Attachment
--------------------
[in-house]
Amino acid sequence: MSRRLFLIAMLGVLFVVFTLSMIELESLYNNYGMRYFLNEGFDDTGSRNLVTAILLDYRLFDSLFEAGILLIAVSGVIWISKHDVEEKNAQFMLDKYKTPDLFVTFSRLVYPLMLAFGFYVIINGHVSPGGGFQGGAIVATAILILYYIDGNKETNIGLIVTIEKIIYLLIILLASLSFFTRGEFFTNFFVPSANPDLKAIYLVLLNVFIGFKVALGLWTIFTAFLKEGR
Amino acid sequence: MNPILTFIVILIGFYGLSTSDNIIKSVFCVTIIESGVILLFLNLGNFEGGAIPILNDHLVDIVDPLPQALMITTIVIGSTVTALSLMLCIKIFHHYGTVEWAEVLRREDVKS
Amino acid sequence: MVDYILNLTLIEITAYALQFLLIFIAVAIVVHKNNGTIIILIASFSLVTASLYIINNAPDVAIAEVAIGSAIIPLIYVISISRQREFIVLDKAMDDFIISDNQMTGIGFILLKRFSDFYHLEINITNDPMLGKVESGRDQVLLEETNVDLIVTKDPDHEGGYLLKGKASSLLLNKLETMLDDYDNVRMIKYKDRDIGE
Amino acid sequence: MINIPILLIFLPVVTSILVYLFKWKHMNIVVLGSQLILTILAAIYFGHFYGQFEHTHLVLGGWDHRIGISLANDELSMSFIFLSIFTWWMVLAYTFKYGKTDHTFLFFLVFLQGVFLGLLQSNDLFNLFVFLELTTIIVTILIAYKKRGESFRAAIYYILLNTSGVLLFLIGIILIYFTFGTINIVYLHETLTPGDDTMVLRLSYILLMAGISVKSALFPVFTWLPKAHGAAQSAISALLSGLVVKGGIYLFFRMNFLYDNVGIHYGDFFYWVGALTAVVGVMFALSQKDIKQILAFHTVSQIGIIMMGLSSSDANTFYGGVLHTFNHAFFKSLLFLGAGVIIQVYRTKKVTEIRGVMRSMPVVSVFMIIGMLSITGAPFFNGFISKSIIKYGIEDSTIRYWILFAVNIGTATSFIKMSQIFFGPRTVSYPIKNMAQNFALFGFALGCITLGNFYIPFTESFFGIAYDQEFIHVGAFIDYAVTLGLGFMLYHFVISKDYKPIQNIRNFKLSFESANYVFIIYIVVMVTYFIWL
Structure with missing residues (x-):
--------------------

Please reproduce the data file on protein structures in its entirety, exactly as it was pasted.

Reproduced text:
[in-house]
Amino acid sequence: MSRRLFLIAMLGVLFVVFTLSMIELESLYNNYGMRYFLNEGFDDTGSRNLVTAILLDYRLFDSLFEAGILLIAVSGVIWISKHDVEEKNAQFMLDKYKTPDLFVTFSRLVYPLMLAFGFYVIINGHVSPGGGFQGGAIVATAILILYYIDGNKETNIGLIVTIEKIIYLLIILLASLSFFTRGEFFTNFFVPSANPDLKAIYLVLLNVFIGFKVALGLWTIFTAFLKEGR
Amino acid sequence: MNPILTFIVILIGFYGLSTSDNIIKSVFCVTIIESGVILLFLNLGNFEGGAIPILNDHLVDIVDPLPQALMITTIVIGSTVTALSLMLCIKIFHHYGTVEWAEVLRREDVKS
Amino acid sequence: MVDYILNLTLIEITAYALQFLLIFIAVAIVVHKNNGTIIILIASFSLVTASLYIINNAPDVAIAEVAIGSAIIPLIYVISISRQREFIVLDKAMDDFIISDNQMTGIGFILLKRFSDFYHLEINITNDPMLGKVESGRDQVLLEETNVDLIVTKDPDHEGGYLLKGKASSLLLNKLETMLDDYDNVRMIKYKDRDIGE
Amino acid sequence: MINIPILLIFLPVVTSILVYLFKWKHMNIVVLGSQLILTILAAIYFGHFYGQFEHTHLVLGGWDHRIGISLANDELSMSFIFLSIFTWWMVLAYTFKYGKTDHTFLFFLVFLQGVFLGLLQSNDLFNLFVFLELTTIIVTILIAYKKRGESFRAAIYYILLNTSGVLLFLIGIILIYFTFGTINIVYLHETLTPGDDTMVLRLSYILLMAGISVKSALFPVFTWLPKAHGAAQSAISALLSGLVVKGGIYLFFRMNFLYDNVGIHYGDFFYWVGALTAVVGVMFALSQKDIKQILAFHTVSQIGIIMMGLSSSDANTFYGGVLHTFNHAFFKSLLFLGAGVIIQVYRTKKVTEIRGVMRSMPVVSVFMIIGMLSITGAPFFNGFISKSIIKYGIEDSTIRYWILFAVNIGTATSFIKMSQIFFGPRTVSYPIKNMAQNFALFGFALGCITLGNFYIPFTESFFGIAYDQEFIHVGAFIDYAVTLGLGFMLYHFVISKDYKPIQNIRNFKLSFESANYVFIIYIVVMVTYFIWL
Structure with missing residues (x-):